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Light is defined as an electromagnetic radiation of a wavelength that is visible to the human (in a
range from about 380 or 400 nm to about 760 or 780 nm). The light sometimes referred to
electromagnetic radiation of any wavelength, whether visible or not.

Reflection - Light is reflects off the surface like mirror such that angle of incidence is equal to
angle of reflection.

Refraction - Refraction is define as the bending of light as it passes between material of
different optical density

Dispersion - Light is composed of waves of different wavelengths that correspond to different
colors of lights. When light wave pass through a material, these different wavelengths causes
refraction by different amounts according to the wavelengths and which gives rise to different
colors seen through prism or for rainbow.

Diffraction - This is defined as the bending of light waves around obstacles in its path. ex. When
a light wave comes oppose a barrier with a small opening, it acts as a single point source from
where light emerges in all direction.

Interference - When two light waves meets or coincides, it can create either constructive or
destructive interference based on how crest & trough of each wave coincide with other.

Properties of Light:
Four primary properties of light are intensity, frequency or wavelength, polarization, and phase
Light, which exists in tiny "packets" called photos, exhibits properties of both waves and
particles. This property is referred to as the wave particle duality. The speed of light, although
quite fast, is not infinite. The speed of light in a vacuum is expressed as c = 2.99 × 108 m/s.
Light travels in a vacuum in a constant speed, and this speed is considered a universal constant.
It is important to note that speed change for light traveling through no vacuum media such as air
(0.03% slower) or glass (30.0% slower). For most purposes, we may represent light in terms of
magnitude and direction. In a vacuum, light will travel in a straight line in a fixed speed, carrying
energy from one place to another. Two key properties of light interacting with a medium are:

1. It can be deflects upon passing from one medium to another (refraction).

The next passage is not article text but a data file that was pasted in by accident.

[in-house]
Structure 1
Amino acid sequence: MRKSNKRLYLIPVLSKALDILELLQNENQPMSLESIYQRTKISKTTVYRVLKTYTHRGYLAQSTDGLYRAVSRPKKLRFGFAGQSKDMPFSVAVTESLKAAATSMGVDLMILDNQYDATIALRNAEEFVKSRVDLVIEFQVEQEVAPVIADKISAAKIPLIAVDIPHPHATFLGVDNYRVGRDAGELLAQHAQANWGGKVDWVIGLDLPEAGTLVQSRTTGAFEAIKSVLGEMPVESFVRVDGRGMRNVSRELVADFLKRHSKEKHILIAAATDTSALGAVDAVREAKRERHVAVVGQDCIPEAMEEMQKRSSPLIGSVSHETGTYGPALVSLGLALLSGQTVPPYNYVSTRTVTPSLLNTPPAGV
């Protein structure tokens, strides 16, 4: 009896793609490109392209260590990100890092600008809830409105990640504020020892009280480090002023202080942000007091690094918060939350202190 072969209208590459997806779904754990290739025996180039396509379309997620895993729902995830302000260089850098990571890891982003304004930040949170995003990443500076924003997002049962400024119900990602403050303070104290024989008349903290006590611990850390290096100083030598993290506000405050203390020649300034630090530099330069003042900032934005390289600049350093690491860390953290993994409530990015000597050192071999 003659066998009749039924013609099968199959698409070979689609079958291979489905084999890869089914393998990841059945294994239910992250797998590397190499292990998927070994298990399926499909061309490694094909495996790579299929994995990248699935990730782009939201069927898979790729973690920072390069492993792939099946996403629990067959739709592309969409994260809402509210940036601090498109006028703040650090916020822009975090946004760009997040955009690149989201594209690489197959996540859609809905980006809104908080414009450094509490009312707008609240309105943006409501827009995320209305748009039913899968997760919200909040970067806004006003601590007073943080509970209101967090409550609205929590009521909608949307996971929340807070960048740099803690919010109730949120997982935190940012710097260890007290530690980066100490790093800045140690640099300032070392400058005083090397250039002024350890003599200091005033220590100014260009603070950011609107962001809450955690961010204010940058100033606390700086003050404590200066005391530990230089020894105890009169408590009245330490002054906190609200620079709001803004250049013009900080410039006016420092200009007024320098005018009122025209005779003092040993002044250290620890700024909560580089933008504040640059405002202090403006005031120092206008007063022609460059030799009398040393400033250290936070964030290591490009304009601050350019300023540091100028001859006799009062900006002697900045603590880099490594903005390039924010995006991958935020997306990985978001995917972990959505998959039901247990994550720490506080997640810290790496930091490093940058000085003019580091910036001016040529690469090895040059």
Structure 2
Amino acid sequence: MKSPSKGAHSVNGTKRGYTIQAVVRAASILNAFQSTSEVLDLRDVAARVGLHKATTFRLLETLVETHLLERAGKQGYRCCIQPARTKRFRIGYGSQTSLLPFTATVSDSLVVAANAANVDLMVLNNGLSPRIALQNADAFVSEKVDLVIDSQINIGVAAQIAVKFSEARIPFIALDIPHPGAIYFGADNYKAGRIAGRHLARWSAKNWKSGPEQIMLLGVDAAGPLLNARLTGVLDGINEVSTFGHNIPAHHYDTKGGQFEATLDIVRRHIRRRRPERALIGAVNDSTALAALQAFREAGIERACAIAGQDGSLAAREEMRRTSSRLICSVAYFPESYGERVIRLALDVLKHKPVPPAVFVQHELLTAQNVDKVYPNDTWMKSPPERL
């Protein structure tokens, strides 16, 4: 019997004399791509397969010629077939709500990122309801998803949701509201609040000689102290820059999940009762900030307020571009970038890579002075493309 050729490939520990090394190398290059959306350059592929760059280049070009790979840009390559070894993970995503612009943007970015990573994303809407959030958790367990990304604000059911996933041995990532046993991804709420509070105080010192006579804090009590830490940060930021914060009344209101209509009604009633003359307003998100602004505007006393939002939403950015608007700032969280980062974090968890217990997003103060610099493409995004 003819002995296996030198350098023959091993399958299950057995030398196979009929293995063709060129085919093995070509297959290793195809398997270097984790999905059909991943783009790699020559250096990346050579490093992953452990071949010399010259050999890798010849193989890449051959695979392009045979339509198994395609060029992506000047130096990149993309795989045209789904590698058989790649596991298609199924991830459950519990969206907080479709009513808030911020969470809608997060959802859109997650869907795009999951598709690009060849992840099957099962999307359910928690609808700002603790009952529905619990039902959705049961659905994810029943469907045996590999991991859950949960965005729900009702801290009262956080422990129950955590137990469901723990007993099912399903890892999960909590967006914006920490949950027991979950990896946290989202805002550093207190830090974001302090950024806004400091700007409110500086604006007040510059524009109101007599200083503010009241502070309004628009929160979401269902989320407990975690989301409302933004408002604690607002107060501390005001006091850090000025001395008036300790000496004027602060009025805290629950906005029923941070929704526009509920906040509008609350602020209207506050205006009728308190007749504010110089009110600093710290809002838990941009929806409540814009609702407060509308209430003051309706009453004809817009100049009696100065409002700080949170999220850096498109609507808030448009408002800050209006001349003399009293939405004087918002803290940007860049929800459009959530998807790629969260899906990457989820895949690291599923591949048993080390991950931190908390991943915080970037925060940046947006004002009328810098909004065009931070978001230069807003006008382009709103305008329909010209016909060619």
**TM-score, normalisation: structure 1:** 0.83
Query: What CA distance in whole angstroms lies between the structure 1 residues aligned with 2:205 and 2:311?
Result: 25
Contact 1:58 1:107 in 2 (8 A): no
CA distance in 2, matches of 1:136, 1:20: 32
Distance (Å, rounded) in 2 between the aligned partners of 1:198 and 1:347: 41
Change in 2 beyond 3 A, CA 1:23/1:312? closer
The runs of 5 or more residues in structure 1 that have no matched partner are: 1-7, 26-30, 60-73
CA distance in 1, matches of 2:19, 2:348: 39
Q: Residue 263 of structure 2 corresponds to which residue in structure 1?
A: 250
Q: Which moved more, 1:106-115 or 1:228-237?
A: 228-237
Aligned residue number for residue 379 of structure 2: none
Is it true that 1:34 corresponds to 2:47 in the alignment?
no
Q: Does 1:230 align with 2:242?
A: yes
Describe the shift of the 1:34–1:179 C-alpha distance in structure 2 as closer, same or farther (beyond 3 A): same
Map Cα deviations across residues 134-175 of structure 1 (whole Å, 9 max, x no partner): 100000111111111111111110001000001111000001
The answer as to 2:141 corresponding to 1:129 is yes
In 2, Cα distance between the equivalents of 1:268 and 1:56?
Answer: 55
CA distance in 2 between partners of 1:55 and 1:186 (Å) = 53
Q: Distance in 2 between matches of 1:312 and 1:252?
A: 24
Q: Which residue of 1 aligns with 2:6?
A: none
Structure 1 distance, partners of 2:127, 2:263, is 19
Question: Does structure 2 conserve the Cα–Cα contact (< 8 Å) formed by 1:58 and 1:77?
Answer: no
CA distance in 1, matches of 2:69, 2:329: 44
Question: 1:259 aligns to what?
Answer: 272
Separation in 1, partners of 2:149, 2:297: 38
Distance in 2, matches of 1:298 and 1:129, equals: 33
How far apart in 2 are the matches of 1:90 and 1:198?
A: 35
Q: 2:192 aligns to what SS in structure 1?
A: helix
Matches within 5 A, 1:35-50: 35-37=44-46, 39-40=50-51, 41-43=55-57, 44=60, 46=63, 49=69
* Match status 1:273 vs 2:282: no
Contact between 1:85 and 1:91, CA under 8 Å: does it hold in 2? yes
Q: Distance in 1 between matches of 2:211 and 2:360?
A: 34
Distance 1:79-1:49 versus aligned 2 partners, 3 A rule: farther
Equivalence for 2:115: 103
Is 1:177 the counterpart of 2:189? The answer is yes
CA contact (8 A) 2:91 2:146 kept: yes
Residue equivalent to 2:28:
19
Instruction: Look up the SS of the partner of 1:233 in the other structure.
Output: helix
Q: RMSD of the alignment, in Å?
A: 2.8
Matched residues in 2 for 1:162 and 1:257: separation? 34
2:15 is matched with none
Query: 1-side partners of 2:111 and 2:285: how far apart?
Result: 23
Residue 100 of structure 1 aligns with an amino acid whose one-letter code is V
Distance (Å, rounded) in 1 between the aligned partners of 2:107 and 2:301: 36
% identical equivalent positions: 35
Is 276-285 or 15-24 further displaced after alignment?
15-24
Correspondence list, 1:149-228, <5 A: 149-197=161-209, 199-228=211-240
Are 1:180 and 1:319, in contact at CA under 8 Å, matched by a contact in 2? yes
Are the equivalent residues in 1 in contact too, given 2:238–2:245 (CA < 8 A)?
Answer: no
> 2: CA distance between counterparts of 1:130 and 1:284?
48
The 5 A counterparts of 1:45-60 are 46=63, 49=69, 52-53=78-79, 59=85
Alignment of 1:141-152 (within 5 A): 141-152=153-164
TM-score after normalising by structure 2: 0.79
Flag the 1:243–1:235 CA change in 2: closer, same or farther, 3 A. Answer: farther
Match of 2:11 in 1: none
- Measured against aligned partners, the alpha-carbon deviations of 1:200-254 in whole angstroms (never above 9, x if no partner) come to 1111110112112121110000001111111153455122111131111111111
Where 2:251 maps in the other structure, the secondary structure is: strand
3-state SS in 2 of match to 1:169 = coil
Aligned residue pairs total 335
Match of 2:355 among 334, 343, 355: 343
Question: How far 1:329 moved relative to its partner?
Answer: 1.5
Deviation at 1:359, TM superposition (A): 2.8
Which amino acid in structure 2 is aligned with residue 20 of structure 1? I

It can be bounced off a surface (reflection). Thus. This makes the reception noisy.2. the audio frequencies from 20Hz to 20000Hz must be reproduced. Reproduction is not of High Fidelity For high fidelity reception. The wave moves energy without moving mass from one place to another place at a speed independent of its intensity or wavelength. The power in the sidebands is the only useful power. Small Operating Range Due to small useful power the messages cannot be transmitted over large distance. (Note that both the sidebands must be reproduced). then power carried by the sidebands is 11. The aspect of light interaction with media other than a vacuum will be addressed. the useful power is small. However. Clearly. the transmitter based on amplitude modulation has small range. This is done to keep the interference from adjacent broadcasting stations to a minimum. This requires a bandwidth + 20000Hz i. respectively.1%. Many of these processes required calculus and quantum theory to describe them rigorously. the sidebands contain the signal. the highest . The bandwidth actually assigned for AM transmission is 20000Hz. Noisy Reception Different types of atmospheric and other electrical disturbance are reproduced in amplitude modulation receivers. which deal with geometrical and physical optics. So. This wave nature of light is the basic of physical optics and describes the interaction of light with media.3% even when there is 100% modulation. 40000Hz. The power carrier by the side bands is only 33. the amplitude modulation has low efficiency. Wave Model: The particle-like model of light describes large-scale effects such as light passing through lenses or bouncing off mirrors. So. If modulation is 50%. a wave like model should be used to describe fine-scale effects such as interference and diffraction that occur when light passes through out small openings or by sharp edges. The propagation of light or electromagnetic energy through or towards space can be described in terms of a traveling wave motion.. For this text it is sufficient to provide the resulting equations and models to be used by the photonics technician in real applications.e. amplitude modulation.